An out-of-focus Mustached Antpitta. One of many bird shots that I'd be embarrassed to display if these birds weren’t so different from anything I've seen before.
There's a wonderful story to explain how I was able to get even a blah shot: The photo was taken on the property of Angel Paz in the Mindo area, now known as Refugio Paz de las Aves. The family had planned to log the forest for crops and grazing until he heard that visitors might pay to see the birds on his property. His family of poor farmers was incredulous.
Angel discovered, though, that he could train a couple of species of antpitta to emerge from the forest cover to retrieve worms. The antpittas are famously difficult to see, so birders from around the world did start to flock to his place – the origins of sustainable ecotourism in the area. Angel’s knowledge of and skills with birds became enough of a source of income that he was able to send his son to college.
Angel guides visitors to the antpitta hot spots and gently calls them in. The sound of his melodious voice attempting to call in Tomas (a shy Ocellated Tapaculo) was iconic for the trip. This is a great opportunity to see antpittas, but they aren’t exactly runway models. The Mustached Antpitta was a tough bird on which to get used to the new (used) Nikon 80-400 mm lens I purchased at the last minute before leaving for Ecuador. These birds walk around on the dark cloud forest floor, and my lens and I had a hard time focusing at with so little light. On top of that, I couldn't hand-hold the telephoto steady (400 mm at 1/15 sec, ISO 900). Eventually I'd learn that it was better to crank up the ISO to 1600 or higher, even though my D90 doesn't handle ISO higher than 1000 well in low light. Dealing with graininess seemed better than out-of-focus photos.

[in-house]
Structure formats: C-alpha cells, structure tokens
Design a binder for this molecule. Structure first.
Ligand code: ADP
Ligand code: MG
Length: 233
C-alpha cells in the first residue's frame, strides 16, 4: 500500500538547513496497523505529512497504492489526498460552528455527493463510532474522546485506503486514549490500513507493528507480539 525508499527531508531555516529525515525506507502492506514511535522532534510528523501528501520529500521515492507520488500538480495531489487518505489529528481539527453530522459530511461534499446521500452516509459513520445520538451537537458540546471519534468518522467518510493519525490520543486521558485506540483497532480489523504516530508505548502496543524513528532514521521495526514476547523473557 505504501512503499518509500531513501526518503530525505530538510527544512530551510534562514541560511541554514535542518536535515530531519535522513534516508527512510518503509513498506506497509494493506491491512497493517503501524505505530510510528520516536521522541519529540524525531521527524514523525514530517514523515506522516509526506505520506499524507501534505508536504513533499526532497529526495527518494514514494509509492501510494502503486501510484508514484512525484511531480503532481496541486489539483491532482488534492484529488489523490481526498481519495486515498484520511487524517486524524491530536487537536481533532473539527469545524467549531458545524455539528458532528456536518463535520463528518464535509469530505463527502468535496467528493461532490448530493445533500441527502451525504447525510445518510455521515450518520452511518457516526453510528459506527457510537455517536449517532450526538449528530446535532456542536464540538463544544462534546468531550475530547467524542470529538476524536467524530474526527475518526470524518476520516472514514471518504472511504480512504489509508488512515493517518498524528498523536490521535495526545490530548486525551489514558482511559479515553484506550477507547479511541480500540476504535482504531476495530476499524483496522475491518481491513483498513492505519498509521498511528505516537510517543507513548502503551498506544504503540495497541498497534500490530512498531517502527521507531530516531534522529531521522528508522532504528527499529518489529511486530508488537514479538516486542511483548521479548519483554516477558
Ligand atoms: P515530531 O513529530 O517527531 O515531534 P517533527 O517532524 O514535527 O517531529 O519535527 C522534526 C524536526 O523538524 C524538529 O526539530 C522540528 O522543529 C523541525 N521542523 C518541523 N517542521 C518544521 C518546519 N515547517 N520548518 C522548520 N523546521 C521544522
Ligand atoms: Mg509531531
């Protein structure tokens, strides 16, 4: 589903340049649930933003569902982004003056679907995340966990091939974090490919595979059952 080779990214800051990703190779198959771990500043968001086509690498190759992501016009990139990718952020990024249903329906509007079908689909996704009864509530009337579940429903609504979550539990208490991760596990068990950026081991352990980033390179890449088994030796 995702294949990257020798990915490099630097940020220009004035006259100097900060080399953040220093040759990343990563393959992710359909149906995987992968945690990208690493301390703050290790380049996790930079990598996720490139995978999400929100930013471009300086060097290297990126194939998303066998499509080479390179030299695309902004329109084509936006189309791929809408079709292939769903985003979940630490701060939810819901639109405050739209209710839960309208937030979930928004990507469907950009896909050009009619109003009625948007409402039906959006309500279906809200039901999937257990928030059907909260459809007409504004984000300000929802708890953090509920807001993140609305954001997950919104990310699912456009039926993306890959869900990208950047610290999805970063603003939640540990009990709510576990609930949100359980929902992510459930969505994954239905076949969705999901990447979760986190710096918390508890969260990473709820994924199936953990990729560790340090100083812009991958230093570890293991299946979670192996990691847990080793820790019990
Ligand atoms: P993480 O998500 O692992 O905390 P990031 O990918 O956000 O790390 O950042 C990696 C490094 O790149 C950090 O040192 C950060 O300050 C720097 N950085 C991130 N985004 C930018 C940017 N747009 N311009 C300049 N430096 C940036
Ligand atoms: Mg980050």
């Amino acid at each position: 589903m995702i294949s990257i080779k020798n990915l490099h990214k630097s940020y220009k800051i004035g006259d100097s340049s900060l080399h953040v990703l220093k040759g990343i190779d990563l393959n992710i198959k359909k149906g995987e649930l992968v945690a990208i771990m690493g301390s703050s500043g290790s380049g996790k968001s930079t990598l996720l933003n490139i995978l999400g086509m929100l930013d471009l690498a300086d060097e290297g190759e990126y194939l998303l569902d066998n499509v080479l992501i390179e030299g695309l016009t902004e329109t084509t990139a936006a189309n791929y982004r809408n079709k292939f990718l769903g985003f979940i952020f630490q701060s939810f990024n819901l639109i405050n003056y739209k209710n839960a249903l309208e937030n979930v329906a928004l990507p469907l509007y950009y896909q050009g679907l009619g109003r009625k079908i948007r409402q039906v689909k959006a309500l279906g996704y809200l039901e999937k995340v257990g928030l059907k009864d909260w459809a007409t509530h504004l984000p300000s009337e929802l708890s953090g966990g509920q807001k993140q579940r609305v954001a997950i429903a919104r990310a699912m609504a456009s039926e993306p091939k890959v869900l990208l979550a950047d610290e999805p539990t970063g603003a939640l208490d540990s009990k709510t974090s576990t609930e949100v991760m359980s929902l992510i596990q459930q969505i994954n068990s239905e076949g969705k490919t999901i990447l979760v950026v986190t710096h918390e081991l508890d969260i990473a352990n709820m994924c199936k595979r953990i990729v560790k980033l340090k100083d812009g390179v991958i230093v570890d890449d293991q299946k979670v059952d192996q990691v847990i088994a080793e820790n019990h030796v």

From Ecuador - Western Andes cloud forest near Mindo